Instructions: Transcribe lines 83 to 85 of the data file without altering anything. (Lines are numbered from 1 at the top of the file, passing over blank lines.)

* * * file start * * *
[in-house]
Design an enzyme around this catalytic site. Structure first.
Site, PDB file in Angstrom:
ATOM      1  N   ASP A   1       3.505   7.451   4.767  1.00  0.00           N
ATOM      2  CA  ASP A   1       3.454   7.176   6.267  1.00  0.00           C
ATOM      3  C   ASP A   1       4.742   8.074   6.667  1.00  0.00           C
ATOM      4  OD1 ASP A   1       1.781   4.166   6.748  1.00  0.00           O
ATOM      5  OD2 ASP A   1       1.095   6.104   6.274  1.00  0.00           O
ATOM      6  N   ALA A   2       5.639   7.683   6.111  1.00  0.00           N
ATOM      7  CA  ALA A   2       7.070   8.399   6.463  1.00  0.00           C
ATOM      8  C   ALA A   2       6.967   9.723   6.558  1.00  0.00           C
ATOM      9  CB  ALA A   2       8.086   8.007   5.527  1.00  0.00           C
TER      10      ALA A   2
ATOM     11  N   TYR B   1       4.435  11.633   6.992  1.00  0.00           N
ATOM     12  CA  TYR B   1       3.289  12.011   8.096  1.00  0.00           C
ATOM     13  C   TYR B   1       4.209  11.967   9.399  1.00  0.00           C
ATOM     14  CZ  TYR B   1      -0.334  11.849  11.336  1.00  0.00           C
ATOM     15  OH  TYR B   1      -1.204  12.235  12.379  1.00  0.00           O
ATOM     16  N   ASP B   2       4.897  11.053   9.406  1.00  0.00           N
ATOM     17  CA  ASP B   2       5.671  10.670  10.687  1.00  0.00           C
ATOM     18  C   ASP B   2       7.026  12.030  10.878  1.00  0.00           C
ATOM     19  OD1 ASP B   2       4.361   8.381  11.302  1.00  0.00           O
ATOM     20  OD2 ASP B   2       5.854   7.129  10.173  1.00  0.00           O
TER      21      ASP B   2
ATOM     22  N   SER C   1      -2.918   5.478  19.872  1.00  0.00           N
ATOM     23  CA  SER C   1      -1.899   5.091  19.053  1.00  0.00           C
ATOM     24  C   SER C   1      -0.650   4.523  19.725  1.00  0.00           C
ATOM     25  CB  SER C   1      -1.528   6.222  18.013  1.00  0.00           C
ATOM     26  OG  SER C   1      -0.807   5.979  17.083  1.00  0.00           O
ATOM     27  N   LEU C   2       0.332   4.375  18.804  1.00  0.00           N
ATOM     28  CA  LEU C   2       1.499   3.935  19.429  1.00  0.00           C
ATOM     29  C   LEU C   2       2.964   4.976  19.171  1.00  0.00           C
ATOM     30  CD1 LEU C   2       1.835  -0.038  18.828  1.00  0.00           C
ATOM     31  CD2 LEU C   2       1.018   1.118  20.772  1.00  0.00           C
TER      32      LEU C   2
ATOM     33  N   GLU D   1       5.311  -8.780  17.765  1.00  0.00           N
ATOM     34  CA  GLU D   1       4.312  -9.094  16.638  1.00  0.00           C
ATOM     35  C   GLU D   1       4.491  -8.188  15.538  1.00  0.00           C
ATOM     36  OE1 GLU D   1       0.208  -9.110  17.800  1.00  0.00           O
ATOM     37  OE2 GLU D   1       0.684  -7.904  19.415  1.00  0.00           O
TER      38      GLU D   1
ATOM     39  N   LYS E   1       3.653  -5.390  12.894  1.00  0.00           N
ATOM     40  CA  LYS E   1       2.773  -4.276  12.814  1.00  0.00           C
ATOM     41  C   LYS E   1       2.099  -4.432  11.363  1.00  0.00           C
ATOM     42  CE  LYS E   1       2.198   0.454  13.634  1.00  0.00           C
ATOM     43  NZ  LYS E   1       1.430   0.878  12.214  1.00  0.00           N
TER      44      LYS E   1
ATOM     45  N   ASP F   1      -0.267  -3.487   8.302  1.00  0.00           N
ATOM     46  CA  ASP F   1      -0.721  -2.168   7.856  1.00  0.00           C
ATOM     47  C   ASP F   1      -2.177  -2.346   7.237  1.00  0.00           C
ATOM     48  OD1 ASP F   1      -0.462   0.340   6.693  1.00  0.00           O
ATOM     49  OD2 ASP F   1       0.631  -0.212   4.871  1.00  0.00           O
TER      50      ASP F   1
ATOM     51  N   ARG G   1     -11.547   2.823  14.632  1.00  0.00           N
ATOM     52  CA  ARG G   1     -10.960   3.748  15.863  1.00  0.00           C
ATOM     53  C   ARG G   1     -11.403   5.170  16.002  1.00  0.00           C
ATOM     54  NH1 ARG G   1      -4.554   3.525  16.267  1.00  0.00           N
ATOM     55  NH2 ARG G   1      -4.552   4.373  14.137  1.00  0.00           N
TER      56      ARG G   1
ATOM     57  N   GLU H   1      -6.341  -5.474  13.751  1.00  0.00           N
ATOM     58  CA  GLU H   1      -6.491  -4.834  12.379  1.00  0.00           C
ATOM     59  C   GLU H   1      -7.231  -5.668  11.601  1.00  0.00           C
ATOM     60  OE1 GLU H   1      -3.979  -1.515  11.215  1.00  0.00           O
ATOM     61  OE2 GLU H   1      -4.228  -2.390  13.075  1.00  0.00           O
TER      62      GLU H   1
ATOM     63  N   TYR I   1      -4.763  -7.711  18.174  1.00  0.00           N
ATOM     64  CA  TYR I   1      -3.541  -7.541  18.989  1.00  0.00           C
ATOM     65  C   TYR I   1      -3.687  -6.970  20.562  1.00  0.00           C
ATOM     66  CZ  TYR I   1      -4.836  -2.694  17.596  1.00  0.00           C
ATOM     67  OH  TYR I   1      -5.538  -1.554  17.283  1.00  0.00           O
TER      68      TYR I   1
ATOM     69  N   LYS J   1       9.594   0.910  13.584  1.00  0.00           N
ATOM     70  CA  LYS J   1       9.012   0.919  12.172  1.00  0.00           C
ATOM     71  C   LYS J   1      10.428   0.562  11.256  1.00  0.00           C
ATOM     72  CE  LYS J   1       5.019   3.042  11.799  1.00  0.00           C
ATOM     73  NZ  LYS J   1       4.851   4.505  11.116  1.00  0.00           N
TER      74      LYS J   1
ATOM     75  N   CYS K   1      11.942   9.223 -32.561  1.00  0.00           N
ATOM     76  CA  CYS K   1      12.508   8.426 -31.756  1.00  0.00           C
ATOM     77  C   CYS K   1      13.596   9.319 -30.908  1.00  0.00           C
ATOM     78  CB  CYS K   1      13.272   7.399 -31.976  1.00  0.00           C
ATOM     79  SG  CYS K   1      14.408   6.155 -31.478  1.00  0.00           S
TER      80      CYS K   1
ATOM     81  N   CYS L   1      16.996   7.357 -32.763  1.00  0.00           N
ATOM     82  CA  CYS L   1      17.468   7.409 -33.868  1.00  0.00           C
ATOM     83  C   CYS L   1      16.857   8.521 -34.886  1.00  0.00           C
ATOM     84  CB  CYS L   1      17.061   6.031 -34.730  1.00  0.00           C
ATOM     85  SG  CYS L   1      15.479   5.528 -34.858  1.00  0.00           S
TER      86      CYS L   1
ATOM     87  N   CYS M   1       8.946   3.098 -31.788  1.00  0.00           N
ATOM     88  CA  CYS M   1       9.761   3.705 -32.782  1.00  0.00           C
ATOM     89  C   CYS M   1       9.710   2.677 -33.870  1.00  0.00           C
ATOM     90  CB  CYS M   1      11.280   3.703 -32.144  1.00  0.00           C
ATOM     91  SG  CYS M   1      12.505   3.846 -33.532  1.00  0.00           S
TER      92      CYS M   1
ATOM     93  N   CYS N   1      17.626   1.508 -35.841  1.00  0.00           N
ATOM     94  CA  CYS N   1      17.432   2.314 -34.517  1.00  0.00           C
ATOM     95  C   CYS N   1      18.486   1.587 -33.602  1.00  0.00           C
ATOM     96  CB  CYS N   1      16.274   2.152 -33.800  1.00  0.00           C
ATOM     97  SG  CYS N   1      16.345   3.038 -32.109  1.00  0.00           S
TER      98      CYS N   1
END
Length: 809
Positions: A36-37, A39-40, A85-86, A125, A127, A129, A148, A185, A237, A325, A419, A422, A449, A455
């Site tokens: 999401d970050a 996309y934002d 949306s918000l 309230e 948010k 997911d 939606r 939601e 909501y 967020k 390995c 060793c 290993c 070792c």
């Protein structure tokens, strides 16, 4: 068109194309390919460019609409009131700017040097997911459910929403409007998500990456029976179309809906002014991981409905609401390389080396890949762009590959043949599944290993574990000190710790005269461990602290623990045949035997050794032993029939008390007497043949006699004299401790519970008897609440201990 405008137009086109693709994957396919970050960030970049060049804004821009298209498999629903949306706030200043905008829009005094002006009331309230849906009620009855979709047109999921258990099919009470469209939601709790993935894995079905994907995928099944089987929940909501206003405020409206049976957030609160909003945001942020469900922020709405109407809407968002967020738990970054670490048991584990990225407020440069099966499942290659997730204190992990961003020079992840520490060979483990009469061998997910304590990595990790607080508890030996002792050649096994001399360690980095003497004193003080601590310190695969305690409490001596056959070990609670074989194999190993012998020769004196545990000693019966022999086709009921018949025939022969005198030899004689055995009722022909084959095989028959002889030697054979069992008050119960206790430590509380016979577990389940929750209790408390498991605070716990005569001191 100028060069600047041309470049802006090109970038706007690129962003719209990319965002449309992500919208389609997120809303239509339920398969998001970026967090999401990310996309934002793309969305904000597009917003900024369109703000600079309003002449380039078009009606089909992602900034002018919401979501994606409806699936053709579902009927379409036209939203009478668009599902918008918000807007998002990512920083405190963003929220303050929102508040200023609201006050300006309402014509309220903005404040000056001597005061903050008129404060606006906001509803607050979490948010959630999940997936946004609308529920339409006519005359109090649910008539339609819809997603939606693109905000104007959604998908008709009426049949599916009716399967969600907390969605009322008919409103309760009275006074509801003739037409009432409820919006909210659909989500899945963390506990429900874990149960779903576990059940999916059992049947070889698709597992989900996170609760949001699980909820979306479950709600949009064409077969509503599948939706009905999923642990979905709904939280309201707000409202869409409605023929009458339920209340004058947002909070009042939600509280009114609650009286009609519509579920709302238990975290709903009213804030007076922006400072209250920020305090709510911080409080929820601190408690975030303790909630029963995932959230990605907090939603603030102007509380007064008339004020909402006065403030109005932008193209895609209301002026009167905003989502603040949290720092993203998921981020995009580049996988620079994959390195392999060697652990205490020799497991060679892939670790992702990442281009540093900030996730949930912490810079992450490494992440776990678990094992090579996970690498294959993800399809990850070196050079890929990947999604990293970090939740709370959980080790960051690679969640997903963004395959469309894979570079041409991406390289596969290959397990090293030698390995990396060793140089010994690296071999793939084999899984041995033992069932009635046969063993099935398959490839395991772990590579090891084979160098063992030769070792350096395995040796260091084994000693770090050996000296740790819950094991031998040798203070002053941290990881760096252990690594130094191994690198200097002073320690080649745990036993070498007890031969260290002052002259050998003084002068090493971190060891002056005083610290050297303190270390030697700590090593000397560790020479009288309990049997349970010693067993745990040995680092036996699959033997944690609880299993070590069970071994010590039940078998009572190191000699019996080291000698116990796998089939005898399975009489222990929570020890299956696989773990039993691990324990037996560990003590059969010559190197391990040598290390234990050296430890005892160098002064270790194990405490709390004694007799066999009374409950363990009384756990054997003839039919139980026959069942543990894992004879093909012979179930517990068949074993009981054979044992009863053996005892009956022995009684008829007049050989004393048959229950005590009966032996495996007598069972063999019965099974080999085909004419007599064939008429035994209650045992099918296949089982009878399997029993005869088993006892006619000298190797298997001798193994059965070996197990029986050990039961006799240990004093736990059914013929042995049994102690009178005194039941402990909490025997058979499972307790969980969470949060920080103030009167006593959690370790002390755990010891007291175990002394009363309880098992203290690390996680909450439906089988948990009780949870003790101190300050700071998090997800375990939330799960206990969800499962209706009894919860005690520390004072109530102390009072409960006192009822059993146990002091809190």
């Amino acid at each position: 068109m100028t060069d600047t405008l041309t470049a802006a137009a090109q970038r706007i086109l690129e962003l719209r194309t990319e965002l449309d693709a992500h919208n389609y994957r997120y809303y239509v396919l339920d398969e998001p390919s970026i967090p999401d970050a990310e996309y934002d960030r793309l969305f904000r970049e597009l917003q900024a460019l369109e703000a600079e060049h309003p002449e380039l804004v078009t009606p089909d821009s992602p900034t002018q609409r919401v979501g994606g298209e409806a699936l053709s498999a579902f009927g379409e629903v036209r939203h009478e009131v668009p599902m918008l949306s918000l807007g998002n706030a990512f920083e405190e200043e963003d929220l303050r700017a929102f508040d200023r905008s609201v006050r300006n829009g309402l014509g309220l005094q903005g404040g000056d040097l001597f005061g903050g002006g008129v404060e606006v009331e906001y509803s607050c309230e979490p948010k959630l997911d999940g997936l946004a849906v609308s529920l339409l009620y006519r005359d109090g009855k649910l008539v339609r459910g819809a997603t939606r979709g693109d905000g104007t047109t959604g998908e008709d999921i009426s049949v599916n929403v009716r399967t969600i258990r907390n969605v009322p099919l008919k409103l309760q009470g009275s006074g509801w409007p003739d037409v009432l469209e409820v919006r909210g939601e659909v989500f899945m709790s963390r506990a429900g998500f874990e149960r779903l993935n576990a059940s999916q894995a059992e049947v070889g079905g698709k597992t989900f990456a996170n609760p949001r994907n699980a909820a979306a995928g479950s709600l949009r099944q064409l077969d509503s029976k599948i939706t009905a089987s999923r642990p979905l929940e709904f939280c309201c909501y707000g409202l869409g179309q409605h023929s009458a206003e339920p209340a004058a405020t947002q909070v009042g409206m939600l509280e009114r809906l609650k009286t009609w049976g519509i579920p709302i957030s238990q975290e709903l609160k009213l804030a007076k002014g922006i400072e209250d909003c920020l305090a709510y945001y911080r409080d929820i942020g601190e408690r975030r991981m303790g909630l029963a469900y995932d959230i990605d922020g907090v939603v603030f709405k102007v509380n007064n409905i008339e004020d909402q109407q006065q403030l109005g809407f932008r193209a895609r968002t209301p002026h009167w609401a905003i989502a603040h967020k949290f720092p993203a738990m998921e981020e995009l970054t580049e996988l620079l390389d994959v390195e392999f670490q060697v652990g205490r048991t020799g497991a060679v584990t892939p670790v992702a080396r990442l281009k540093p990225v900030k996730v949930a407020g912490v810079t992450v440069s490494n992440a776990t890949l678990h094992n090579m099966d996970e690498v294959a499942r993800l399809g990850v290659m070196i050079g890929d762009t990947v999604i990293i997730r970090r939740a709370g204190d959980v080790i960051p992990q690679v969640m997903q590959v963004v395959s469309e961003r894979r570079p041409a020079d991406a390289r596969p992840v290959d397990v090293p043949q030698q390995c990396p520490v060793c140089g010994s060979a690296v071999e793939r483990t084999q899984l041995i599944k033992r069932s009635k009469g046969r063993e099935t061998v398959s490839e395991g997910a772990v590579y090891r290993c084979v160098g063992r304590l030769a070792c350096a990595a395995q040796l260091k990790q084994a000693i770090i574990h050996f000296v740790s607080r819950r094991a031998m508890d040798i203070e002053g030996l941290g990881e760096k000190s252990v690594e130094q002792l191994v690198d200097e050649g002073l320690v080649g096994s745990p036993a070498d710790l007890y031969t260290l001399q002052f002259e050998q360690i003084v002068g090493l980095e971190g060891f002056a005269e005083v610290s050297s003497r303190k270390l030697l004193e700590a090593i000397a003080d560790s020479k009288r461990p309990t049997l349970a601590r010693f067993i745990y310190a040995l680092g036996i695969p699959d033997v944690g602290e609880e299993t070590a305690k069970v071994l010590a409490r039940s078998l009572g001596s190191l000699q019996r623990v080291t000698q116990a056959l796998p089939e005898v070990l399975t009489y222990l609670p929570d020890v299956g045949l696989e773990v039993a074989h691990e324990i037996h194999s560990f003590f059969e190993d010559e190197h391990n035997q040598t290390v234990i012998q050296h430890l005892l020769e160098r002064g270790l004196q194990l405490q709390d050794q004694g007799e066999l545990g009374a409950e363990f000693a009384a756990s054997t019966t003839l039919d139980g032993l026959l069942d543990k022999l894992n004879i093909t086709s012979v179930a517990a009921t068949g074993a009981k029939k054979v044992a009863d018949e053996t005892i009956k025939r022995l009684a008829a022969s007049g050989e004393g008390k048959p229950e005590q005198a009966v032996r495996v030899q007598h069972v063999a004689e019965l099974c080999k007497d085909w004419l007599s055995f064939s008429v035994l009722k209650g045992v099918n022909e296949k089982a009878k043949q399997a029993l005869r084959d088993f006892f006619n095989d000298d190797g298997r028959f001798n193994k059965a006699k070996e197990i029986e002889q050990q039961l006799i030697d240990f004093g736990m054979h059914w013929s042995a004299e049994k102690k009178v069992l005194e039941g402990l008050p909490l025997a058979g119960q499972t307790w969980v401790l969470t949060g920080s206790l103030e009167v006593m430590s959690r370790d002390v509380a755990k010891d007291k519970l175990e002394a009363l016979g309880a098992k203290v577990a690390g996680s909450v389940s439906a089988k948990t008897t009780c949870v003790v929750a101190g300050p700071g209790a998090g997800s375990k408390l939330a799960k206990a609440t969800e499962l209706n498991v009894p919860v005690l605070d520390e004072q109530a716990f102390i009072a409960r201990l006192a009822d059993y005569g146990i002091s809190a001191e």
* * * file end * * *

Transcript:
TER      80      CYS K   1
ATOM     81  N   CYS L   1      16.996   7.357 -32.763  1.00  0.00           N
ATOM     82  CA  CYS L   1      17.468   7.409 -33.868  1.00  0.00           C